Lauded therapist still in limbo as battle to stay in Britain drags on

Australian Harley Miller is as frustrated by court delays as she is with the idiosyncrasies of immigration law
Lewis Fry Richardson's weather forecasts changed the world. But could his predictions of war do the same?

Lewis Fry Richardson's weather forecasts changed the world...

But could his predictions of war do the same?
Kate Bush asks fans not to take photos at her London gigs: 'I want to have contact with the audience, not iPhones'

'I want to have contact with the audience, not iPhones'

Kate Bush asks fans not to take photos at her London gigs
Under-35s have rated gardening in their top five favourite leisure activities, but why?

Young at hort

Under-35s have rated gardening in their top five favourite leisure activities. But why are so many people are swapping sweaty clubs for leafy shrubs?
Tim Vine, winner of the Funniest Joke of the Fringe award: 'making a quip as funny as possible is an art'

Beyond a joke

Tim Vine, winner of the Funniest Joke of the Fringe award, has nigh-on 200 in his act. So how are they conceived?
The late Peter O'Toole shines in 'Katherine of Alexandria' despite illness

The late Peter O'Toole shines in 'Katherine of Alexandria' despite illness

Sadly though, the Lawrence of Arabia star is not around to lend his own critique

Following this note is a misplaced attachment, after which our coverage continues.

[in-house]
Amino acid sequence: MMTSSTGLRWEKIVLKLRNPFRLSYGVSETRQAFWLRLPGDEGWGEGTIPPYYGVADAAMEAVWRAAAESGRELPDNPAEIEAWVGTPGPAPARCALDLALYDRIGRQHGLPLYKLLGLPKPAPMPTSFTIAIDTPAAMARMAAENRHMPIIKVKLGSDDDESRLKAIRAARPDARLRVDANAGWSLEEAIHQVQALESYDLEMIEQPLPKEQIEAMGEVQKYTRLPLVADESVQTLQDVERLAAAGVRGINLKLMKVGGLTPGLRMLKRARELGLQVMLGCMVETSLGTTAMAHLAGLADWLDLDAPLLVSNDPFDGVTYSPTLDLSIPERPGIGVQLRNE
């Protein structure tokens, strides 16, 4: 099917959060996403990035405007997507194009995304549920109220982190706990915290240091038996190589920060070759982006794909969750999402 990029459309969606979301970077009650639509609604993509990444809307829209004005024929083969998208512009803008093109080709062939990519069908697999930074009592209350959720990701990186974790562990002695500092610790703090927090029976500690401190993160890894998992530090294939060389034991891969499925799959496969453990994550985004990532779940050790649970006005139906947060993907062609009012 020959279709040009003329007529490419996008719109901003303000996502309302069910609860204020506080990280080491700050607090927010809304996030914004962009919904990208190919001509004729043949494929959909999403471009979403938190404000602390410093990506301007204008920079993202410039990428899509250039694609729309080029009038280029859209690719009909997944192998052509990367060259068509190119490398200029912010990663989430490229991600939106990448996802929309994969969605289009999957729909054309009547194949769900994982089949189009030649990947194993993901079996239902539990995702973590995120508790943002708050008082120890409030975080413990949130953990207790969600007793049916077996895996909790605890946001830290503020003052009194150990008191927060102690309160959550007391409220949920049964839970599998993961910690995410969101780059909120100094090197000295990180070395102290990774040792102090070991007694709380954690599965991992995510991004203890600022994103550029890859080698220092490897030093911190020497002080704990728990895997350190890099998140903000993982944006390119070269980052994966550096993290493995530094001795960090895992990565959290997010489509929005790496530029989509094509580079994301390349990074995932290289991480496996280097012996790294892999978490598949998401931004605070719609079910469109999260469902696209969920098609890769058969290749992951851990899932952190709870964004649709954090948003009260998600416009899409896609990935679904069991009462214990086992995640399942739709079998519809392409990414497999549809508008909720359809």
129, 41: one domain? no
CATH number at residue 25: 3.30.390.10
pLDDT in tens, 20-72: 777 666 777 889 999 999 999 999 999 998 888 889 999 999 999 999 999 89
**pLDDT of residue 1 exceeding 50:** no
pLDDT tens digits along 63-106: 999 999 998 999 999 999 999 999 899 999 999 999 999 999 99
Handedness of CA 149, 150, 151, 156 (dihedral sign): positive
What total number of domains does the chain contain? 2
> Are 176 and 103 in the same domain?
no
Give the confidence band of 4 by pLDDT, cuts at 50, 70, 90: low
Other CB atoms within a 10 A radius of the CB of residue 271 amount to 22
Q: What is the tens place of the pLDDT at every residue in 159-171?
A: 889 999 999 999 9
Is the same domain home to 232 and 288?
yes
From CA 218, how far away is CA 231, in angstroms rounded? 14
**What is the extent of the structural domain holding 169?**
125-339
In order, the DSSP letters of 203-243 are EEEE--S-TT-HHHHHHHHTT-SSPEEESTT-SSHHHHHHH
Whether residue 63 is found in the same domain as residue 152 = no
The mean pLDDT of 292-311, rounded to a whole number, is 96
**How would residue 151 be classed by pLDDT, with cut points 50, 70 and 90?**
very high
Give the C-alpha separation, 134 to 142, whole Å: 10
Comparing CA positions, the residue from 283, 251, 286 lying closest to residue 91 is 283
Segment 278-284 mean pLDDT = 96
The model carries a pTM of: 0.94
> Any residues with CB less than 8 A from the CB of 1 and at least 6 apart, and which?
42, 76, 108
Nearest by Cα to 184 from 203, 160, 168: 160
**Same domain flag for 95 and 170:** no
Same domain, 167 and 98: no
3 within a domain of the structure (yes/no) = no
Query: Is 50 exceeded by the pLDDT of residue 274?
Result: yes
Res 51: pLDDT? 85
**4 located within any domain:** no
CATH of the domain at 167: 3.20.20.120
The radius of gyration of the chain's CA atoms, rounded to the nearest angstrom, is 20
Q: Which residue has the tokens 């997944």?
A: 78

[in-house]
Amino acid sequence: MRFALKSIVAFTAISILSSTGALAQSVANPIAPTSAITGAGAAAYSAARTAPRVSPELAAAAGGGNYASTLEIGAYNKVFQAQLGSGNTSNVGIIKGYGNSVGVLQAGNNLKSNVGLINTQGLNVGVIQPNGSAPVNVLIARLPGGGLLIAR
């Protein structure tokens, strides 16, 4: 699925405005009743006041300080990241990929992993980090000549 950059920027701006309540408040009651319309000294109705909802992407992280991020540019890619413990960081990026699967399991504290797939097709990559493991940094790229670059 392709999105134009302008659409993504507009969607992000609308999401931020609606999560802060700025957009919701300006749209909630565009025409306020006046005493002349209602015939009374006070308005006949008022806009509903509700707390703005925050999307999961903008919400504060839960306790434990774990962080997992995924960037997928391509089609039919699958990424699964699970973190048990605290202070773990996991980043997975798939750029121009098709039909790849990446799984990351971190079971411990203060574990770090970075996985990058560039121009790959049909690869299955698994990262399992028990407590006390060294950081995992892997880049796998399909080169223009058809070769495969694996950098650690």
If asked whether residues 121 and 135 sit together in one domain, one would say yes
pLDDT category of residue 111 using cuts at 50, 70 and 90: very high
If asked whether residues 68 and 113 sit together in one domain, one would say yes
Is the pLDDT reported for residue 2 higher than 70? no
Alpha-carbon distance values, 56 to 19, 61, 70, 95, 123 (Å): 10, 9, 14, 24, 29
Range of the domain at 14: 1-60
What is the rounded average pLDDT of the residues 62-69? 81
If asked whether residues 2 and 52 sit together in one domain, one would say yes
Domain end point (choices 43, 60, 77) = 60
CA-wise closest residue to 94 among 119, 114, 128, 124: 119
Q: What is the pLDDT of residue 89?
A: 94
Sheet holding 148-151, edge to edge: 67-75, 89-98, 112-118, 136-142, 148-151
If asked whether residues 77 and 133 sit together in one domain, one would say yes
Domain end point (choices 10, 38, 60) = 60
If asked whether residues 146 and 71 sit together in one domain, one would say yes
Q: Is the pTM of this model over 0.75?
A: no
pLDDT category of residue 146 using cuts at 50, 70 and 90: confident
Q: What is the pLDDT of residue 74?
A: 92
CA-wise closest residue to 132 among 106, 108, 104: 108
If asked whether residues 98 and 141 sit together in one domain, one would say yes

Wicken Fen in Cambridgeshire: The joy of camping in a wetland nature reserve and sleeping under the stars

A wild night out

Wicken Fen in Cambridgeshire offers a rare chance to camp in a wetland nature reserve
Comic Sans for Cancer exhibition: It’s the font that’s openly ridiculed for its jaunty style, but figures of fun have their fans

Comic Sans for Cancer exhibition

It’s the font that’s openly ridiculed for its jaunty style, but figures of fun have their fans
Besiktas vs Arsenal: Five things we learnt from the Champions League first-leg tie

Besiktas vs Arsenal

Five things we learnt from the Champions League first-leg tie
Rory McIlroy a smash hit on the US talk show circuit

Rory McIlroy a smash hit on the US talk show circuit

As the Northern Irishman prepares for the Barclays, he finds time to appear on TV in the States, where he’s now such a global superstar that he needs no introduction
Boy racer Max Verstappen stays relaxed over step up to Formula One

Boy racer Max Verstappen stays relaxed over step up to F1

The 16-year-old will become the sport’s youngest-ever driver when he makes his debut for Toro Rosso next season
Fear brings the enemies of Isis together at last

Fear brings the enemies of Isis together at last

But belated attempts to unite will be to no avail if the Sunni caliphate remains strong in Syria, says Patrick Cockburn
Charlie Gilmour: 'I wondered if I would end up killing myself in jail'

Charlie Gilmour: 'I wondered if I'd end up killing myself in jail'

Following last week's report on prison suicides, the former inmate asks how much progress we have made in the 50 years since the abolition of capital punishment